Last season I predicted the Cardinals would cruise to a division title as the NLís safest bet to qualify for a post-season berth.

They proved to be a tremendous disappointment winning only 83 games.

Playing in baseballís weakest division, the NL Central, did however allow them to gain entry into the post-season tournament where they managed to win 11 additional games (giving them enough total wins to narrowly miss out on the AL wildcard) and bring home their first World Series title since the Wizardís first season in St.Louis.
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The Cubbies' spending spree was the NL's biggest story this offseason. So itís only a matter of time before typewriters in press rooms across the desert come alive with the sound of time-tested talking points: Can a last-place team win it all? Can money buy a championship? Can the Cubs possibly break their impossibly unbreakable 98-year curse?

And from the mouths of the sage baseball interpreters, the answer to all of these standards will come:
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Last year I examined a 16-year gap in Brewers history to determine if the fate of the 1990 Brewers held clues for the 2006 Brewers. Was I right or was I wrong and am I going to drudge up more names from the history books in an attempt to tell you whatís going to happen to the 2007 Brewers?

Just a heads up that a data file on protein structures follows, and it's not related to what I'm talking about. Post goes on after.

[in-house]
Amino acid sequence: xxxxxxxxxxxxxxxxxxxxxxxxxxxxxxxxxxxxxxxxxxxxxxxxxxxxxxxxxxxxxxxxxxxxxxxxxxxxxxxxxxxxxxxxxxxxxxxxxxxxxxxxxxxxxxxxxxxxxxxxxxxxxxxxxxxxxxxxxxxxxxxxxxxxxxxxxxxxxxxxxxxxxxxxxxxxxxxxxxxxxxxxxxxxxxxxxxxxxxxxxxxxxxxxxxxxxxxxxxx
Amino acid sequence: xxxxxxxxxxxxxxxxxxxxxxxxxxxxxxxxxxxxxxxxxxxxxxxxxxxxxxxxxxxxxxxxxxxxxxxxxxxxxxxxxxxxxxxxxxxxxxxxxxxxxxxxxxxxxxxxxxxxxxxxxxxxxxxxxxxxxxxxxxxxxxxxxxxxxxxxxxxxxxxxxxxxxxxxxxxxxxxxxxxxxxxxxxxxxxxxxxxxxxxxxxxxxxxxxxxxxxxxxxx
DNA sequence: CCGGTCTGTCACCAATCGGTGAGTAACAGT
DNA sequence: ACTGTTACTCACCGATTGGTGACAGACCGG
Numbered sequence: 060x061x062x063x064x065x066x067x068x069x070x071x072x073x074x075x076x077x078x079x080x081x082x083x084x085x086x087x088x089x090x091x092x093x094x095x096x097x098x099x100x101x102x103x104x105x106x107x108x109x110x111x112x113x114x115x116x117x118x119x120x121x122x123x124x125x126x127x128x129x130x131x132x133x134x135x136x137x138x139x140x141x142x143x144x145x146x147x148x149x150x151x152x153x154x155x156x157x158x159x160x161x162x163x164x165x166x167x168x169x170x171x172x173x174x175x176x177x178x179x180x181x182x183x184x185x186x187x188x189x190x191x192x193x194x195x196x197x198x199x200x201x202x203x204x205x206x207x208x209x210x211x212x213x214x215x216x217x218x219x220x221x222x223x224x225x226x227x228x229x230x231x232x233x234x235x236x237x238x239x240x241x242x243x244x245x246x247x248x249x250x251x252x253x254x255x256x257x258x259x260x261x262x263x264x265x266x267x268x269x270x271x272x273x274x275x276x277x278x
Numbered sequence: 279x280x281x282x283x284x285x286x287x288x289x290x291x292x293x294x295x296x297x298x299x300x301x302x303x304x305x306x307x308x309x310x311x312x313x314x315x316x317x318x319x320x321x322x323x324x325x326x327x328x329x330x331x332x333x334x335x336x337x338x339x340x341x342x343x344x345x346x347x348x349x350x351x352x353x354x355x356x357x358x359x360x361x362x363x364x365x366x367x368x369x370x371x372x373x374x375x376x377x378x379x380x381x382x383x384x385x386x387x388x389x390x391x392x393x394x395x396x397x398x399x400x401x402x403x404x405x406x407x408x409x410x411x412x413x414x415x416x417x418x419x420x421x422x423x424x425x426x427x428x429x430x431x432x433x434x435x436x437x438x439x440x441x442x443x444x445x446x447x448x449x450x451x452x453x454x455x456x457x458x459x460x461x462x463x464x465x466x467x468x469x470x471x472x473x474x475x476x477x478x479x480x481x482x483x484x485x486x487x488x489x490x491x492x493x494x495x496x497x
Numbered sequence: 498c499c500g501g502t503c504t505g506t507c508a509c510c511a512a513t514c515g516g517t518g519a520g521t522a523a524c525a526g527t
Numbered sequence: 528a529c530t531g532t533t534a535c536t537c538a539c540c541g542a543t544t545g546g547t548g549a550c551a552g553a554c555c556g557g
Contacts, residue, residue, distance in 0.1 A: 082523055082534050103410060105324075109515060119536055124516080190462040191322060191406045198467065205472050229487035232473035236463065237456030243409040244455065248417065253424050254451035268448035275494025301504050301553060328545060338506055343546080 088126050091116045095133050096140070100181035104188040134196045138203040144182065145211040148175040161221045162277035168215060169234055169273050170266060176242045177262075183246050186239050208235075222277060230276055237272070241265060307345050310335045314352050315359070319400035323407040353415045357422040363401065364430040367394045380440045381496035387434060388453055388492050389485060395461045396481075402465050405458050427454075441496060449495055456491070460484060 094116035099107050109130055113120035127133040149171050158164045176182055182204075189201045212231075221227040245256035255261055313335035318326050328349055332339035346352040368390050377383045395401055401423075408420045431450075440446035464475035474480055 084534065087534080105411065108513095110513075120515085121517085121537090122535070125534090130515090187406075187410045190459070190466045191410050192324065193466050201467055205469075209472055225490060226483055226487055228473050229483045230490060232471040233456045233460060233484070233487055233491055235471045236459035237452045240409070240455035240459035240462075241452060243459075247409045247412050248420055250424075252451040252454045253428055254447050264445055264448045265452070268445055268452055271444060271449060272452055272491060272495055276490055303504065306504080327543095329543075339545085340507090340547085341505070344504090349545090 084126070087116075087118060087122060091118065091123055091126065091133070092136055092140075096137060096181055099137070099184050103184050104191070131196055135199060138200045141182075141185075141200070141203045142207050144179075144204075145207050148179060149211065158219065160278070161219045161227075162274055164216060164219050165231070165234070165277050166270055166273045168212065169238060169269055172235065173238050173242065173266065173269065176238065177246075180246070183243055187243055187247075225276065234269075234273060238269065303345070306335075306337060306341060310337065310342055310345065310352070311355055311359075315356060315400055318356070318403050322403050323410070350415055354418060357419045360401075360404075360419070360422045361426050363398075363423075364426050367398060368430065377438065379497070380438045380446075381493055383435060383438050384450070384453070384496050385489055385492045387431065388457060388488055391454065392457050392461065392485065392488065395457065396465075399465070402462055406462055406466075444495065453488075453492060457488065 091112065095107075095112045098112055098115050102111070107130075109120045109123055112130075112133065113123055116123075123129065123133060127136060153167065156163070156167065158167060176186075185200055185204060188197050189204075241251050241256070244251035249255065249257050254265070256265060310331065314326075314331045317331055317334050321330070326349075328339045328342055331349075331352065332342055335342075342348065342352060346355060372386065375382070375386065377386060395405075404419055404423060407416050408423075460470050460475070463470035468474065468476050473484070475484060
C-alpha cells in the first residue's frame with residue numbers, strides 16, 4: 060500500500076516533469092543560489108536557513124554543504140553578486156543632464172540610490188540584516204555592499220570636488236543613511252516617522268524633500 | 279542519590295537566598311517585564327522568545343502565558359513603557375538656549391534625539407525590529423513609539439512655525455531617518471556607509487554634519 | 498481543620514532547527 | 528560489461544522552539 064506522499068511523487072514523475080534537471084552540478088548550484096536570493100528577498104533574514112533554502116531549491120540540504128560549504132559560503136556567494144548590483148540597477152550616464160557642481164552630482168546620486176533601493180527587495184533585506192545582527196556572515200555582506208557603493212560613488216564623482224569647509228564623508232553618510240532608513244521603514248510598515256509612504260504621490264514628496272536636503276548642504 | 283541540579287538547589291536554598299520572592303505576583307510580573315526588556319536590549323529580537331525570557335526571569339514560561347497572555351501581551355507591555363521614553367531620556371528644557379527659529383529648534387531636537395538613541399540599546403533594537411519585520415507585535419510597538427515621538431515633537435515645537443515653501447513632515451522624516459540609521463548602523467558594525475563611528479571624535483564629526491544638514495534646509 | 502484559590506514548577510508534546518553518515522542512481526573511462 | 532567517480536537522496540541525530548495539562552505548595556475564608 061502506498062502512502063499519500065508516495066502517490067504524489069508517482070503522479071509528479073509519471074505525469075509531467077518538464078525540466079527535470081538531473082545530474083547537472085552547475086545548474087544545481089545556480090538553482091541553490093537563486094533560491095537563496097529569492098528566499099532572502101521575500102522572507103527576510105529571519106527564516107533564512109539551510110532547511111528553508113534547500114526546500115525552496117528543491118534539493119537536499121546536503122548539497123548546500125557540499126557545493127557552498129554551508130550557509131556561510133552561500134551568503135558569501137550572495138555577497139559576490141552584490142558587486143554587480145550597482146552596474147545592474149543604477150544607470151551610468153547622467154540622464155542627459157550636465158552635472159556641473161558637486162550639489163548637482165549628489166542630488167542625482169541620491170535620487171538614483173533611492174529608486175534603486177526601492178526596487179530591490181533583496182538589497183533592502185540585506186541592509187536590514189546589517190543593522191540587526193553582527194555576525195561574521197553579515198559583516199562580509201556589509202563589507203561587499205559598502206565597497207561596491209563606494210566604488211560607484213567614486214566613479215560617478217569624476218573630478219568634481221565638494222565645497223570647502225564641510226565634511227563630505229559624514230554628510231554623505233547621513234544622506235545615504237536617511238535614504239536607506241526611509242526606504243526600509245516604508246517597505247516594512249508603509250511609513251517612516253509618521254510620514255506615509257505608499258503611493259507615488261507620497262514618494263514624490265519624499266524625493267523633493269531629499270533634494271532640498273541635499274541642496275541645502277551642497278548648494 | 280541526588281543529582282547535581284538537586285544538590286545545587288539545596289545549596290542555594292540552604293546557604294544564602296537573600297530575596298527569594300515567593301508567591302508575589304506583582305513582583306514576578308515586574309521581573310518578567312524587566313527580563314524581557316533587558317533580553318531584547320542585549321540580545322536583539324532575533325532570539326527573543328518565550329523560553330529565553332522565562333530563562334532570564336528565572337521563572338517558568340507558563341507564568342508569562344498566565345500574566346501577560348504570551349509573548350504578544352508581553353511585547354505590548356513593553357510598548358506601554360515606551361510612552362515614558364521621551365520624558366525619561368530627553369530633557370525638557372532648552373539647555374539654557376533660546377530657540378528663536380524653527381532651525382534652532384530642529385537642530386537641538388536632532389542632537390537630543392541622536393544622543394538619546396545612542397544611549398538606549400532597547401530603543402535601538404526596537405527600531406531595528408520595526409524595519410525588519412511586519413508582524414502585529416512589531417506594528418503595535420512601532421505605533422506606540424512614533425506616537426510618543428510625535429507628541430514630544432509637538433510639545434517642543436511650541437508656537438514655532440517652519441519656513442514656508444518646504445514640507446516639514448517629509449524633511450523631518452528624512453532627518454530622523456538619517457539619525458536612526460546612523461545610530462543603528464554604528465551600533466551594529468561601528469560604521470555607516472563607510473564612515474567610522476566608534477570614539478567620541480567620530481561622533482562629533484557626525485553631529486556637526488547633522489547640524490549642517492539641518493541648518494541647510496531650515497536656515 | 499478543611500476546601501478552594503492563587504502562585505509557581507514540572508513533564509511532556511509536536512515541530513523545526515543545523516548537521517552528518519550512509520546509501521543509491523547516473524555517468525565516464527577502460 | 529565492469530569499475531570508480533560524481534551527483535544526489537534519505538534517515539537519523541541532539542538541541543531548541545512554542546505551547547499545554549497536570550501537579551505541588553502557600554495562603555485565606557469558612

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(Completing the Trilogy?)

Let's make one thing absolutely clear. No matter what I write about the 2007 Cincinnati Reds in this preview, it will be wrong. Don't believe me? Well, this is the third year in a row I've previewed my childhood's favorite ballclub, and the past two seasons, I have been -- let's be kind -- off the mark. Shall we review?

(Well, if we must ...)

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True or False? 2006 Brewers:2005 Brewers::1990 Brewers:1989 Brewers.

To investigate this question itís time for a lengthy trip down memory lane with the Brewers of yesteryear.

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"The Thing With Feathers" by Craig Burley

In about 2009, the tone of all Pirates previews will have changed. By that time, the tone will either have become noticeably more respectful or will have blown over the fine line between failure and utter despair. The Pirates have not made the playoffs or finished with a .500 record since Barry Bonds played for them.

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Those folks on the other side of Chicago seem to have all the fun.
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In last year's The Hunt For a Reds October '05, the following brash prediction highlighted the wildly optimistic conclusion: "[T]he 94-68 Reds will snag the NL Wild Card and ride an October wave into the World Series."

Yeah, that didn't happen.

Now, what about 2006? Well, it's simple. The Reds are going to ...

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Today's Preview, the Cardinals, is a Pinch Hit. It was submitted by (and in fact, solicited from) frequent poster and notorious Durazo apologist Newton.

St. Louis: No Longer a Full House but Still a Winning Hand

Coming off an impressive 100 win season in 2005, the Cards' roster underwent significant turnover during the offseason. With three new positional regulars, a new member of the starting rotation, and a re-tooled bench and bullpen, can the Cards reach the century mark again in 2006? Letís take a look, shall we.

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Houston couldn’t best the White Sox in the World Series but had an equally amazing run. Can they do it again minus (for now) Roger Clemens?